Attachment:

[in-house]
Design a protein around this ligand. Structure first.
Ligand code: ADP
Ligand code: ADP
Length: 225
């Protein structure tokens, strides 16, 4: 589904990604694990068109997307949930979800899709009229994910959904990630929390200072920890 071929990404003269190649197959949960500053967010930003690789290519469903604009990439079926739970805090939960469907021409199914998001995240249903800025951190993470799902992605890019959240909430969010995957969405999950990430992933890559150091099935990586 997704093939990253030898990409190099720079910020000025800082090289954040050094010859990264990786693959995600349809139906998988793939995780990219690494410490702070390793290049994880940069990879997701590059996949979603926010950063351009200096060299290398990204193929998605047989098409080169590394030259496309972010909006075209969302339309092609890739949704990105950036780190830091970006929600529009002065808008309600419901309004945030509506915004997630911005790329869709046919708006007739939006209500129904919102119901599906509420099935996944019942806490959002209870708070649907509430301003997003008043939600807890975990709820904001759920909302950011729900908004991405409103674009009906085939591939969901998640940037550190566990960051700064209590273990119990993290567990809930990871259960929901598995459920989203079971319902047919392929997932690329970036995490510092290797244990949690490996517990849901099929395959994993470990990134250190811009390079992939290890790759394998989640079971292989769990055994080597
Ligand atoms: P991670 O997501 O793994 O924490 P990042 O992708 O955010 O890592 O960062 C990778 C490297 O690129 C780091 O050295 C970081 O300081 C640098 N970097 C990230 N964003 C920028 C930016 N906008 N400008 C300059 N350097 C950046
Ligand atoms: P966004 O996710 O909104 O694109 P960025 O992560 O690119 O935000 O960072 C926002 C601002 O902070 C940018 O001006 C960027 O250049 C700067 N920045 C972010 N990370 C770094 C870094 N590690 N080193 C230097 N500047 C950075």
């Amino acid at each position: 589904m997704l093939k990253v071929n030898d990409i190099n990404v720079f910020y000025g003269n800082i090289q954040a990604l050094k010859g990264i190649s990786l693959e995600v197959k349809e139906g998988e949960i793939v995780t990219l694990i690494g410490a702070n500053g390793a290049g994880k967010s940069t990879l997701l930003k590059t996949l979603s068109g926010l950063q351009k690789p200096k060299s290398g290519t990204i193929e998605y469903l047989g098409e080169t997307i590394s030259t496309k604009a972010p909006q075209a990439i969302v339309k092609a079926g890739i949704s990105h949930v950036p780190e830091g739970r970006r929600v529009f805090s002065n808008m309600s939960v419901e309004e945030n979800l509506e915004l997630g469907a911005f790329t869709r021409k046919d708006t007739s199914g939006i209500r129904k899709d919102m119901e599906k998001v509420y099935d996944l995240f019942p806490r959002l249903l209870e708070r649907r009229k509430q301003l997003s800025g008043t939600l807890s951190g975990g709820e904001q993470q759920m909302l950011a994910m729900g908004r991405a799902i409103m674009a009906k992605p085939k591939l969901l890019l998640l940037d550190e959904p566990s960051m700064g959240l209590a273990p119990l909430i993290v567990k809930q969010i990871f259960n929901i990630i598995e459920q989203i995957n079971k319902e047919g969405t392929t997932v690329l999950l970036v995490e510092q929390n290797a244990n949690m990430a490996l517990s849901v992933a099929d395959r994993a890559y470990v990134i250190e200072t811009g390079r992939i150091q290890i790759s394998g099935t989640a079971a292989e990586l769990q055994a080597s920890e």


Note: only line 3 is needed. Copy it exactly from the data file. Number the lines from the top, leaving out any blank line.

Ligand code: ADP